I returned to my dorm, and I returned to my dorm, and was on my way to use the communal bathroom when I heard hushed voices.They belonged to the same girls I met at the dining hall. I heard my name come up and leaned on the door. “Why can’t she speak Chinese? She’s Chinese, but she’s not one of us.”

    I ran back to my room with my heart in my throat. I shut the door behind me and slid onto the floor. I held my head in my hands and just stared at the floor. 
     The next day was my first day at school. My heart was pounding in my chest as I left my dorm. As I frantically looked around to see which building said “Kingsley”, I was greeted by the Headmaster. He told me to follow him into his office as there has been a mistake in my schedule. 
    I entered my Geometry class 30 minutes late on my first day of school. As the Headmaster opened the door, I was immediately greeted by light eyes, in a sea of blonde and brunette hair. I scanned the classroom for any other Asian students, but to no avail.
     “Sorry to interrupt, but you have a new student for your class,” the Headmaster said. “Please welcome Michelle.” He waved goodbye as he shut the door behind me. I faced forward and took a deep breath.
     I found an empty spot by the blackboard and sat down. My geometry teacher forced a smile and said hello. After a few words, she turned back to the blackboard and continued her lesson.
     My tablemates were still staring at me after my late arrival until one of them bravely spoke up. “Hey, are you new?” a blonde girl with braids asked. 
     “Yeah, I just moved in yesterday,” I said.
     “Oh, cool! Where are you from?” she continued. The two boys at my table leaned in, ears perked up. I smiled. 
     “I’m originally from Hong Kong but I just transferred from an international school in China.” Once the word ‘China’ left from my mouth, every face at the table dropped.
     “Oh…okay” the blonde girl muttered. I never heard a word from her or any of my other table mates again. I waited for more questions to come but they never did. I looked at my table mates and their eyes had already returned to the board. I sank into my seat and tried to focus on mathematical proofs, but my mind was somewhere else.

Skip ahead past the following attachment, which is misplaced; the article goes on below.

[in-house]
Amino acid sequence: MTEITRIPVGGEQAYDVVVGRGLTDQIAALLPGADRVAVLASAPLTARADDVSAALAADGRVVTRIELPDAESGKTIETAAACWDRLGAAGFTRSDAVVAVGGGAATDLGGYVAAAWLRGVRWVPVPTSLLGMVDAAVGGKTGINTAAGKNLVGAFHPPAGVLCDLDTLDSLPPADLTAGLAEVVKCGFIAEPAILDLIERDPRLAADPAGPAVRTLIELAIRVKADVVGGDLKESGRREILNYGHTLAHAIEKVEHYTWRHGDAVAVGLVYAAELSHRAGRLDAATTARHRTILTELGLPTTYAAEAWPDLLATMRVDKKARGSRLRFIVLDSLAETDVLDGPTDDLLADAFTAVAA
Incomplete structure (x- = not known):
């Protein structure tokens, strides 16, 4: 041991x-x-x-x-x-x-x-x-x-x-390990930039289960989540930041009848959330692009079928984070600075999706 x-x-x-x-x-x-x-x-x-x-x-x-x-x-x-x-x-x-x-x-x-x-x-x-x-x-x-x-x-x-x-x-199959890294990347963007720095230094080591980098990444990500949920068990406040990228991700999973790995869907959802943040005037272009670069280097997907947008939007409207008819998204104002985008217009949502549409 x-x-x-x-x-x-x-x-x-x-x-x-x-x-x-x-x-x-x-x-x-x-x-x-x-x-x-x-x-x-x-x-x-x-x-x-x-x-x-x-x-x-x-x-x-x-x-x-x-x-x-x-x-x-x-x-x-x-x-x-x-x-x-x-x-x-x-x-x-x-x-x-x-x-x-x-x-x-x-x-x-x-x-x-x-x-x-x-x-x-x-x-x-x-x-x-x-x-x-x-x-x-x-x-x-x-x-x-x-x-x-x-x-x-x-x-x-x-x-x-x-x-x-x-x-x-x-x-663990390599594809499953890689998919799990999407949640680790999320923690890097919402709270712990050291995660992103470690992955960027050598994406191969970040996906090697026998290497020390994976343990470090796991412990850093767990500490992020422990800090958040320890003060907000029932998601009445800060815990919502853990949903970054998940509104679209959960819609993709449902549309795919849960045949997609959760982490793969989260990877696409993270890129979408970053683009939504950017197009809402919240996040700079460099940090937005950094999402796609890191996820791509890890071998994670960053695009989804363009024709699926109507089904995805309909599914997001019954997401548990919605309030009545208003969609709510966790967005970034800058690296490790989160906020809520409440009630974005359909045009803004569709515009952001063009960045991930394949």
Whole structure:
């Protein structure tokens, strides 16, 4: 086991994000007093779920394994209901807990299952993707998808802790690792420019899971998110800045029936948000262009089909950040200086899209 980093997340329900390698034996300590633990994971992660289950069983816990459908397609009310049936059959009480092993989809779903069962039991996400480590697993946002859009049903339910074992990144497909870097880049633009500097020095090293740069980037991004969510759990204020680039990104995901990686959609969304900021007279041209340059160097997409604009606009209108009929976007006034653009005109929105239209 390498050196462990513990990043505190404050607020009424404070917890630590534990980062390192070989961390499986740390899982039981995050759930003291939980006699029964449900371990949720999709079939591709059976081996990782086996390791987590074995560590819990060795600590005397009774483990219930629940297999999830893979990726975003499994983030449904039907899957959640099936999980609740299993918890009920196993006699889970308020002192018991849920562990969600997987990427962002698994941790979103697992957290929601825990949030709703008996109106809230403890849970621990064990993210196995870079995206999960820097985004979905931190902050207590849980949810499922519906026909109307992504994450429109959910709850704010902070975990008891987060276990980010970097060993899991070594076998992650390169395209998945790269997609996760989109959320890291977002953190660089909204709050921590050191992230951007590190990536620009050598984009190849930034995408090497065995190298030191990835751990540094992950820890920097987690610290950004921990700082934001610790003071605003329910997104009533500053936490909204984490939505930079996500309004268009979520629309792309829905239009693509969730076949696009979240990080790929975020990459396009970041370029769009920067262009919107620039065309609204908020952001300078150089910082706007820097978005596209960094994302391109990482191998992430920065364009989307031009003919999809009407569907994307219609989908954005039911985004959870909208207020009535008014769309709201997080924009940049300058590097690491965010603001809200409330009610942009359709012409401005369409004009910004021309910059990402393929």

I will never forget my first semester in the United States, let alone the first two days. I had learned that race plays an important role in this country, and everyone will judge and assume a persona before you even get the chance to speak. I was stuck; I didn’t lean into one side or the other. I was too American for the Chinese international students, and too Chinese for the American students. I stuck out in every classroom and didn’t have friends who accepted me for who I was. 

​For a long time, I despised my identity and roots. Because I grew up consuming American content and media, I decided to lean into my “American side” and prove to American students that I was one of them. That I belonged. I understood all their jokes, watched all the popular TV shows and movies, and even tried to dress like them. I yearned to be accepted and treated like one of them. I tried and tried and tried, but to no avail.

When I returned home for spring break, I confided in my mother about my struggle at school. My mother at this time was also struggling with the divorce with my father. She had many things to worry about on her plate but was determined to help me. She wanted me to attend a school that makes me happy. And for a moment there, I agreed with her. I wanted a fresh start, a do-over. I had my action plan set out if I transferred: I would talk differently, dress differently etc. 

     I tried to get my mind off of it by busying myself with home friends; revisiting old hangout spots, catching up over some Chinese food etc. But my maid saw right through me. She sat me down and we ended up talking until the sunlight peeked into our living room. She persuaded me to stick through it.

​“Life doesn’t give you a do-over,” she said. “You don’t get a second chance. The only way out is through.”

My maid is the sole reason why I am who I am today. She taught me perseverance, determination, and many many core values that I still hold today. As a Filipino immigrant, she had her battles and struggles, but through it all, she stood her ground with a smile on her face. She has always been and forever will be my role model. 

In the end, I decided not to transfer schools, and to continue my education at Worcester Academy. My family ended up moving to the United States with me after my freshman year ended. We packed up our house and moved across the world, and settled in New Jersey. We said goodbye to our maids of 12 years. As she held me in her arms, I couldn’t stop my tears streaming down my face nor my body shaking from the sadness. I sobbed into my own arms as our taxi pulled away from the border.

As my family settled down in New Jersey, I went on to my sophomore year at Worcester Academy. I went on and found an amazing group of friends who not only accepted me but celebrated my identity and my experiences. 

     Everything I’ve endured has been an amazing learning experience; it has forced me out of my comfort zone to learn from my mistakes and see situations in a different light. I have not only accepted myself and my identity, but I have learned to celebrate and appreciate the rich roots and culture of China. To this day, I am still discovering and exploring Chinese culture and even my own identity. 

This learning journey is far from over, it has just begun.